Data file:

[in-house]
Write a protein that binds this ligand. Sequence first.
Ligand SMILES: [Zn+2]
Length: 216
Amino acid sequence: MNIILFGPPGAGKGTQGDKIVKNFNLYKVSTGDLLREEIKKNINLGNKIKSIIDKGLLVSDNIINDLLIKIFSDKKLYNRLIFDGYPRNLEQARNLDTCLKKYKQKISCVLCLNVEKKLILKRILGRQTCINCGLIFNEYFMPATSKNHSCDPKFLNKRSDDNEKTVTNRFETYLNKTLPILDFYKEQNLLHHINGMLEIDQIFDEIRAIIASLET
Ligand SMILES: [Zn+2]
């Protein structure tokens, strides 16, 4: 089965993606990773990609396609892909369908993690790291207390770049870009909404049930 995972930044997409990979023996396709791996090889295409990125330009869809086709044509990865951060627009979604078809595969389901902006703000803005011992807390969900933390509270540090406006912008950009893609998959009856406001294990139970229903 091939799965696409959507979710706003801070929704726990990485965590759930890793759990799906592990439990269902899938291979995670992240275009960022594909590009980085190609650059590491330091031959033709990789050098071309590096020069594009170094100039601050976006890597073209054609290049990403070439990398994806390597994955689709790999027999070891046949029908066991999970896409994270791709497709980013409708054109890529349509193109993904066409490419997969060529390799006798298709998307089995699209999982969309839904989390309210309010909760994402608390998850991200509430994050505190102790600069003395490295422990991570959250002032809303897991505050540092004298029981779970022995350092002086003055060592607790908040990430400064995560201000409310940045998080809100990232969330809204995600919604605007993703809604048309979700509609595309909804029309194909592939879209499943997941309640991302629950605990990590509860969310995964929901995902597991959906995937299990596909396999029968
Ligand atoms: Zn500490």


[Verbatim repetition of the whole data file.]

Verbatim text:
[in-house]
Write a protein that binds this ligand. Sequence first.
Ligand SMILES: [Zn+2]
Length: 216
Amino acid sequence: MNIILFGPPGAGKGTQGDKIVKNFNLYKVSTGDLLREEIKKNINLGNKIKSIIDKGLLVSDNIINDLLIKIFSDKKLYNRLIFDGYPRNLEQARNLDTCLKKYKQKISCVLCLNVEKKLILKRILGRQTCINCGLIFNEYFMPATSKNHSCDPKFLNKRSDDNEKTVTNRFETYLNKTLPILDFYKEQNLLHHINGMLEIDQIFDEIRAIIASLET
Ligand SMILES: [Zn+2]
């Protein structure tokens, strides 16, 4: 089965993606990773990609396609892909369908993690790291207390770049870009909404049930 995972930044997409990979023996396709791996090889295409990125330009869809086709044509990865951060627009979604078809595969389901902006703000803005011992807390969900933390509270540090406006912008950009893609998959009856406001294990139970229903 091939799965696409959507979710706003801070929704726990990485965590759930890793759990799906592990439990269902899938291979995670992240275009960022594909590009980085190609650059590491330091031959033709990789050098071309590096020069594009170094100039601050976006890597073209054609290049990403070439990398994806390597994955689709790999027999070891046949029908066991999970896409994270791709497709980013409708054109890529349509193109993904066409490419997969060529390799006798298709998307089995699209999982969309839904989390309210309010909760994402608390998850991200509430994050505190102790600069003395490295422990991570959250002032809303897991505050540092004298029981779970022995350092002086003055060592607790908040990430400064995560201000409310940045998080809100990232969330809204995600919604605007993703809604048309979700509609595309909804029309194909592939879209499943997941309640991302629950605990990590509860969310995964929901995902597991959906995937299990596909396999029968
Ligand atoms: Zn500490």